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Screen Smart Resources

Screen Smart Resources

Montana Conversations 2018: Dance, music and more!

Montana Conversations are free and open to the public thanks to funding provided by Humanities Montana through grants from the National Endowment for the Humanities, Montana’s Cultural Trust, and private donations. Please register below so we know how many to expect!

History of Social Dance in America | Thur March 1 at 6:00PM
Mark Matthews, historian and author of “Swinging through American History,” will take you back to the ballrooms, taverns, juke joints, honky tonks and dance emporiums of the past as he explains the manner in which American dancing evolved with certain social changes–and, how certain dances stimulated changes in American social life. The spectrum of historic dances runs from the colonial English country dance to the French quadrille to the American square dance and the waltz; plus modern movements such as the one-steps, the Charleston, Lindy hop, mambo, twist and disco. Mark will even get the more adventurous audiences out of their chairs and onto their feet to experience the joy of movement, or he can limit his presentation to readings from his writings, enhanced with vintage videos or modern recreations of iconic moments in dance.

Mark’s books include “Square You Sets: The Birth of American Social Dancing”; “Promenading toward Democracy: The Great Square Dance Revival”; “Cakewalking out of Slavery: A Study of Racism in America”; and “Jitterbugging across the Colorline: Desegregating the Dance Floor.”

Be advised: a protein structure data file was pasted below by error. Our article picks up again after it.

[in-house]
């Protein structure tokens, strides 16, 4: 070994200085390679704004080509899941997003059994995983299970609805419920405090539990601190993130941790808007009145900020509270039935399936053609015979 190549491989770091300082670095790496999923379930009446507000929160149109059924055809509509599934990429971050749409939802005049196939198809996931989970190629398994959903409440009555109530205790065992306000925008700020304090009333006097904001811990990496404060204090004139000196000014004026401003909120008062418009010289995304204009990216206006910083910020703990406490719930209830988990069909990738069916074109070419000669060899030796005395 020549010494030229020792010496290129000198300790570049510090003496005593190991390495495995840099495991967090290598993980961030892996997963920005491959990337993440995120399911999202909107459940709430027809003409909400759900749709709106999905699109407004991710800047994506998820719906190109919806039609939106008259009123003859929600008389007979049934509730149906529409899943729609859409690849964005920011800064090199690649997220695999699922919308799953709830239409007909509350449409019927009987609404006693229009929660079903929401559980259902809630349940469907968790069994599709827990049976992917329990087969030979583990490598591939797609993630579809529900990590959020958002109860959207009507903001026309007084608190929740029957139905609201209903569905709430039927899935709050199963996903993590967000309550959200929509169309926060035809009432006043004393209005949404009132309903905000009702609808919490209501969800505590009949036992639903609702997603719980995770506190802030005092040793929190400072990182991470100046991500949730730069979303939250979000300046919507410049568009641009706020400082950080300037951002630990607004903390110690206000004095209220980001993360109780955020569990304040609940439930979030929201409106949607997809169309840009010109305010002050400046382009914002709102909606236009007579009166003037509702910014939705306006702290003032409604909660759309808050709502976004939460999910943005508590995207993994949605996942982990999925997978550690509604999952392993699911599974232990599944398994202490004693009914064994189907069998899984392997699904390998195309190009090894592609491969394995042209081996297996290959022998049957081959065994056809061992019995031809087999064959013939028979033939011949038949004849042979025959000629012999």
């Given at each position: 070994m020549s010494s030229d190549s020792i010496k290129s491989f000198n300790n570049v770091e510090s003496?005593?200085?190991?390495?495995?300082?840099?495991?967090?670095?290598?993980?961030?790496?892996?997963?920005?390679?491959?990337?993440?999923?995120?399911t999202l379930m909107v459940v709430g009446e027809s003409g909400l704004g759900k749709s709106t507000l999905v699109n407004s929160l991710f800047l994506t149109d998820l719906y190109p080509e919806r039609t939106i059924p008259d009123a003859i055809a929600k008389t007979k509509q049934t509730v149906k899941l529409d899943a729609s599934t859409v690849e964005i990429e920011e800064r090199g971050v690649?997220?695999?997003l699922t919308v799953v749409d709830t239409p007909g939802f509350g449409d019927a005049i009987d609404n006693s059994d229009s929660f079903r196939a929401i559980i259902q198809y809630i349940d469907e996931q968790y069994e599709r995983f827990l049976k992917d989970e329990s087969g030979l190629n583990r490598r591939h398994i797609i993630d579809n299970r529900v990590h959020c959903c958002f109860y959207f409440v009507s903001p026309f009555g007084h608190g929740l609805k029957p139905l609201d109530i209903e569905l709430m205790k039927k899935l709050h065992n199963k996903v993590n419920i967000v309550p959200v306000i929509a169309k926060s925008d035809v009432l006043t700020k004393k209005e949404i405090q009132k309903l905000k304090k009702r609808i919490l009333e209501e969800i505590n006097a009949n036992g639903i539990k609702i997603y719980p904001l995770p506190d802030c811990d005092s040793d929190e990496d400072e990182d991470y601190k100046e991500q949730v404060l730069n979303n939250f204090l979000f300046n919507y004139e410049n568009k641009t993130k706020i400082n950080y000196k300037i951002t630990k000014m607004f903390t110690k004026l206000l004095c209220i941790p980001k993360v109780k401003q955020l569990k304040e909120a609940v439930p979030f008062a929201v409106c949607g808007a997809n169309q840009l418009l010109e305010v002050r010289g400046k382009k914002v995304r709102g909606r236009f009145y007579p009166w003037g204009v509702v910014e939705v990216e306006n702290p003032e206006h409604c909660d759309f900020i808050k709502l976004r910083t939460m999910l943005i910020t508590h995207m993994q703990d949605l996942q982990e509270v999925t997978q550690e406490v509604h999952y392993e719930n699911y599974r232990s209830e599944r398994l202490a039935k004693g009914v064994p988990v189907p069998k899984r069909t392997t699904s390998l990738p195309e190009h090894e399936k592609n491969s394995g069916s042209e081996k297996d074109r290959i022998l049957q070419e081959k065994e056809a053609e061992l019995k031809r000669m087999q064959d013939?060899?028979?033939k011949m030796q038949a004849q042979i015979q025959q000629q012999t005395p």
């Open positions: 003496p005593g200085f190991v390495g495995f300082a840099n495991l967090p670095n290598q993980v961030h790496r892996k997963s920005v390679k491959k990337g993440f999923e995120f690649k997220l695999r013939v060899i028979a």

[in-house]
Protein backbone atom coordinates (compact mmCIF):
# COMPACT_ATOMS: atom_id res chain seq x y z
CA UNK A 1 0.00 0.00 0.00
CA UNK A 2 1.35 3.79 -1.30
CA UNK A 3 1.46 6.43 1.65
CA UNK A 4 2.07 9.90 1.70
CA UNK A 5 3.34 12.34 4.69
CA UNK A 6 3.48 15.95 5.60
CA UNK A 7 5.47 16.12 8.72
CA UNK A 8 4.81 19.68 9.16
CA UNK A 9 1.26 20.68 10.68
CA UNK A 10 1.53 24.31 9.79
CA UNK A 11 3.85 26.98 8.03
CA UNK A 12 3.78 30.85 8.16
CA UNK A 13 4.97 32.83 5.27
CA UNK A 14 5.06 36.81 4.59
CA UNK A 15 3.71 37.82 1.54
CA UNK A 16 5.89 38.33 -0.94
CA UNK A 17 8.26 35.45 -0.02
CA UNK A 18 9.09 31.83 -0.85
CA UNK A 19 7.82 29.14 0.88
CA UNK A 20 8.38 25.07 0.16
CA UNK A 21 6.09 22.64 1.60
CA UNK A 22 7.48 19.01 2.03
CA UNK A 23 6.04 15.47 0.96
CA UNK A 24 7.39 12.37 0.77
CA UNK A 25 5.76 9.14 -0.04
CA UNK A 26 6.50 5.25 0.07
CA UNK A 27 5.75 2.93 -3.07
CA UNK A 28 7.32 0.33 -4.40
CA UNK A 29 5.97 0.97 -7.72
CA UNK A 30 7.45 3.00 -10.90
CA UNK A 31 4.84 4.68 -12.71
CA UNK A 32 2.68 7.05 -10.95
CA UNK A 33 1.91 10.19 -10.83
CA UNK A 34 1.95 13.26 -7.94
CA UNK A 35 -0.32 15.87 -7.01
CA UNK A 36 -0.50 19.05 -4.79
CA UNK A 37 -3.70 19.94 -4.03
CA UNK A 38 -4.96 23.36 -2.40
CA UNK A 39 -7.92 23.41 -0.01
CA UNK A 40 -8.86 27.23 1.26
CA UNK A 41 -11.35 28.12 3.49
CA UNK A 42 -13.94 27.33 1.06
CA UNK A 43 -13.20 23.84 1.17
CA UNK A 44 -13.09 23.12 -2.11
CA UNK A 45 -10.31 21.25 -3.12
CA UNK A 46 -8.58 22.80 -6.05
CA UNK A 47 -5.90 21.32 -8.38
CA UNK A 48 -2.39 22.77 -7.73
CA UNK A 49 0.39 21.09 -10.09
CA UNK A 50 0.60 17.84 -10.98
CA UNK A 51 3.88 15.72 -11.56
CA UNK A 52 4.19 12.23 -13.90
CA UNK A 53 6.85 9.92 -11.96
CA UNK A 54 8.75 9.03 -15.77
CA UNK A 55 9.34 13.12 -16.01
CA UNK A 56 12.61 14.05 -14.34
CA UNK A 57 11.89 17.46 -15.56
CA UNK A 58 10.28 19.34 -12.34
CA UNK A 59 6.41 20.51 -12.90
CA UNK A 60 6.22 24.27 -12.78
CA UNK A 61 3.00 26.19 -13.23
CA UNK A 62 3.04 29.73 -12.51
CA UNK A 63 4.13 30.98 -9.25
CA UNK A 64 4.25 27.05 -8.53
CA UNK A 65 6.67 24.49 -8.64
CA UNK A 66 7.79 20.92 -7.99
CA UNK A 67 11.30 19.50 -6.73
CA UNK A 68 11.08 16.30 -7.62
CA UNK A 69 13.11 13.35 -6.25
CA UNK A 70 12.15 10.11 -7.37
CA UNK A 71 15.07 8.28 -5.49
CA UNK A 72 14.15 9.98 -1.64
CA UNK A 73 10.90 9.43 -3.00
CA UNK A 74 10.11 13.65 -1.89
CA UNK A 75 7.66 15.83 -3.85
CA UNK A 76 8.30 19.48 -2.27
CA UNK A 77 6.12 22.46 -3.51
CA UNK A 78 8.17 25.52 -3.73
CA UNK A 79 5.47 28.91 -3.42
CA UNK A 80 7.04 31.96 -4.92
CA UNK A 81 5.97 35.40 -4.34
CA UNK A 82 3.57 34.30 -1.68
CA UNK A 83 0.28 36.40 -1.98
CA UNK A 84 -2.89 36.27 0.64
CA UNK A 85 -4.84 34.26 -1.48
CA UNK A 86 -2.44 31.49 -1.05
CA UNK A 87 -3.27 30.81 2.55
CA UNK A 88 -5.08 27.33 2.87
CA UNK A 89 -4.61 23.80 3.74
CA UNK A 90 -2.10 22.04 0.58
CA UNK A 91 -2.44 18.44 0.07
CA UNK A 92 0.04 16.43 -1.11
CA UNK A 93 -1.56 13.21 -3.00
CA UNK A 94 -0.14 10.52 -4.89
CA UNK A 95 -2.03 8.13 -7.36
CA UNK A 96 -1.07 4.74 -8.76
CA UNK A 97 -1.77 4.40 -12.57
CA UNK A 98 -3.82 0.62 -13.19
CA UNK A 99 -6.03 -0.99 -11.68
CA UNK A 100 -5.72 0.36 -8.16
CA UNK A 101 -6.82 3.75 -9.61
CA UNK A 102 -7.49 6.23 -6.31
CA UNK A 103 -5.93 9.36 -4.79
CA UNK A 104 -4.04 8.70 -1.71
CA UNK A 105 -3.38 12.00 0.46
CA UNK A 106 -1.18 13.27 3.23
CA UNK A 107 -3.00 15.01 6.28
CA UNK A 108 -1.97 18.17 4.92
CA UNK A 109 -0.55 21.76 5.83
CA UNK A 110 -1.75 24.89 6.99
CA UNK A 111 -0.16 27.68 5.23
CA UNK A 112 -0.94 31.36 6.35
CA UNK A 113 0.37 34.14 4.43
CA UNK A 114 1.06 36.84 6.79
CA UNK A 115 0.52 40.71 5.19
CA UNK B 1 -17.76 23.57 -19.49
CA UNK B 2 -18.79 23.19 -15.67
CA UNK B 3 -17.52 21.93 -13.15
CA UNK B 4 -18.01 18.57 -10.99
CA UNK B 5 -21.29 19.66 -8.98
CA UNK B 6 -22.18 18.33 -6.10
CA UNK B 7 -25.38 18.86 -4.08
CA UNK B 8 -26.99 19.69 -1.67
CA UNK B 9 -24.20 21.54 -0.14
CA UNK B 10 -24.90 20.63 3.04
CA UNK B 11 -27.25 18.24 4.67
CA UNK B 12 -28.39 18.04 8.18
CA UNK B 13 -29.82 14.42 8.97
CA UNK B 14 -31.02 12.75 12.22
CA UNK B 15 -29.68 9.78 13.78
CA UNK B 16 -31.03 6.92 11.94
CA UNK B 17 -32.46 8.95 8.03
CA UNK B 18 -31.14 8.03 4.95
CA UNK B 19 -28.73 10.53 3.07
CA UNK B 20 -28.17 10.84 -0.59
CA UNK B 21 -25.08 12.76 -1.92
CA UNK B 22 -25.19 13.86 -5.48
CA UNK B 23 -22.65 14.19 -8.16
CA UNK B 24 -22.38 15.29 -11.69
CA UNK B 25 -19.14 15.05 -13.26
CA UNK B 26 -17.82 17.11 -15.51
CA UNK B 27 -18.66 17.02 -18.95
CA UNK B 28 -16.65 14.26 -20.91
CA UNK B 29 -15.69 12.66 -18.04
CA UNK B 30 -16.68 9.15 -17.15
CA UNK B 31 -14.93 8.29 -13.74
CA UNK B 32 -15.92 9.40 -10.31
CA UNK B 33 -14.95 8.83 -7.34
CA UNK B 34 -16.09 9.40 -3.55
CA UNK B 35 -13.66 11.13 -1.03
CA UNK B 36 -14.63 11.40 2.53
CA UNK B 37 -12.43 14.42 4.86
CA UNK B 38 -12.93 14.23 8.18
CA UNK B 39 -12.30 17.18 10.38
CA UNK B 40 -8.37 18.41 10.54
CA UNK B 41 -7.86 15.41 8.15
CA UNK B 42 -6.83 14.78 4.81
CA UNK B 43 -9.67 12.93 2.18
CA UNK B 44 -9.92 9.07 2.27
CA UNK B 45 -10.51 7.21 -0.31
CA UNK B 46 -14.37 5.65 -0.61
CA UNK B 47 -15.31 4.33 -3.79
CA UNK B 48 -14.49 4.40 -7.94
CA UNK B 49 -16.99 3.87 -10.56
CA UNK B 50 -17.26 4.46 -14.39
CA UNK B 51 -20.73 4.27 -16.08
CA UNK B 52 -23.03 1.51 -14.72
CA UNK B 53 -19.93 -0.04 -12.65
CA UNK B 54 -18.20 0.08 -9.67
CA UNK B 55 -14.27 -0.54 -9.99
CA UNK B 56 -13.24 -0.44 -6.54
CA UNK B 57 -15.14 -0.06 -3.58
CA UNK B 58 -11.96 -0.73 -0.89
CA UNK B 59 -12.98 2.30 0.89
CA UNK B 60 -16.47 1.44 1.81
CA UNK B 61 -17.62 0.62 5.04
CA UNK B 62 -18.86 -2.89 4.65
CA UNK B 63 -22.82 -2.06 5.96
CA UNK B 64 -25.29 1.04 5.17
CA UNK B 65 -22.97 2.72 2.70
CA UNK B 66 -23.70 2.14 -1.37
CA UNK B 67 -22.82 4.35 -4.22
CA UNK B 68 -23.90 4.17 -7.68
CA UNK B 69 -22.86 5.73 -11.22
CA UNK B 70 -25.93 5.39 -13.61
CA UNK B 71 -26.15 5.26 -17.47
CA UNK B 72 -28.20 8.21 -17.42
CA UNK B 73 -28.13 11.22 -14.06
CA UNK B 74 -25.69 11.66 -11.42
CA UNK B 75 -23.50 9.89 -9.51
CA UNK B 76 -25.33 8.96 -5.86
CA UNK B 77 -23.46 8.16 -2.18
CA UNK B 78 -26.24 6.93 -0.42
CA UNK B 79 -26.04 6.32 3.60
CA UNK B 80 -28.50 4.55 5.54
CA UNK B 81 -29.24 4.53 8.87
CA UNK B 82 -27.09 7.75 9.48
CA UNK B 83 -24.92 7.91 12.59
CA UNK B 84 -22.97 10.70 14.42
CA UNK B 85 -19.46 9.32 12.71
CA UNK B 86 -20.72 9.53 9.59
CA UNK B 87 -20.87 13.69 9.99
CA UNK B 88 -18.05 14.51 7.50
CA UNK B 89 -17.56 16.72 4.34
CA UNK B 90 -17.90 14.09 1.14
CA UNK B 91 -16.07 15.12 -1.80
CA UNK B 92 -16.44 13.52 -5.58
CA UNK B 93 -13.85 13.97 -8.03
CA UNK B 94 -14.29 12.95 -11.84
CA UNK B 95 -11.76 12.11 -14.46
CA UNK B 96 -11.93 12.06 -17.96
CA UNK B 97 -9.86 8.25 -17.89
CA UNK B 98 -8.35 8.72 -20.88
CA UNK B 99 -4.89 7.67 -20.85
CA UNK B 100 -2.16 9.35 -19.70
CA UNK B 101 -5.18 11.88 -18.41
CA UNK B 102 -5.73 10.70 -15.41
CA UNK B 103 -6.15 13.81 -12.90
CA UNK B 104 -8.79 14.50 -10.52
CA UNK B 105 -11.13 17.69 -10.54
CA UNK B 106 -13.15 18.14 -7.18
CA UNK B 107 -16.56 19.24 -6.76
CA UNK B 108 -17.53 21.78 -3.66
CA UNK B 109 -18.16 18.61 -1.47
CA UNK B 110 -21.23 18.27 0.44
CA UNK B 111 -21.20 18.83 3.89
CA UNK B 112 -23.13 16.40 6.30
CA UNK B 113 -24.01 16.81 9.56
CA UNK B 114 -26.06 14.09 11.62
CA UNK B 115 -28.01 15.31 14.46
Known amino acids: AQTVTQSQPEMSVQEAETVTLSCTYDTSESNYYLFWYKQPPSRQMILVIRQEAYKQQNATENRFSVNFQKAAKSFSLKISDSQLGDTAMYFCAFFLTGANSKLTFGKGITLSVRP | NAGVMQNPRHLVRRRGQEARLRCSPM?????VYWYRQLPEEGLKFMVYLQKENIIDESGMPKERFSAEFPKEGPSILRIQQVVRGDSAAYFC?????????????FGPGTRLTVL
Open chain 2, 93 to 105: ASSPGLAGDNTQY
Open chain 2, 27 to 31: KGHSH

Jimmie Rodgers: Life and Times of the Father of Country Music | Thur April 19 at 6:00PM
Jimmie Rodgers, who was born in 1897 and died in 1933, was known in his time as The Singing Brakeman and The Blue Yodeler, and after it as The Father of Country Music. Bob Dylan wasn’t satisfied with any of those titles, so he came up with his own: The Man Who Started It All. Jimmie Rodgers has influenced countless musicians in many different genres, but his own music remains as powerful and affecting as it was when it was new. There was and there is something fresh, honest and big-hearted about his music, whether he was singing about ill-fated railroad men, lonely cowboys, love-struck city slickers or gun-toting gamblers.

John and Ed Kemmick talk about Jimmie Rodgers’ life and influence, interspersed with their performance of some of his songs.

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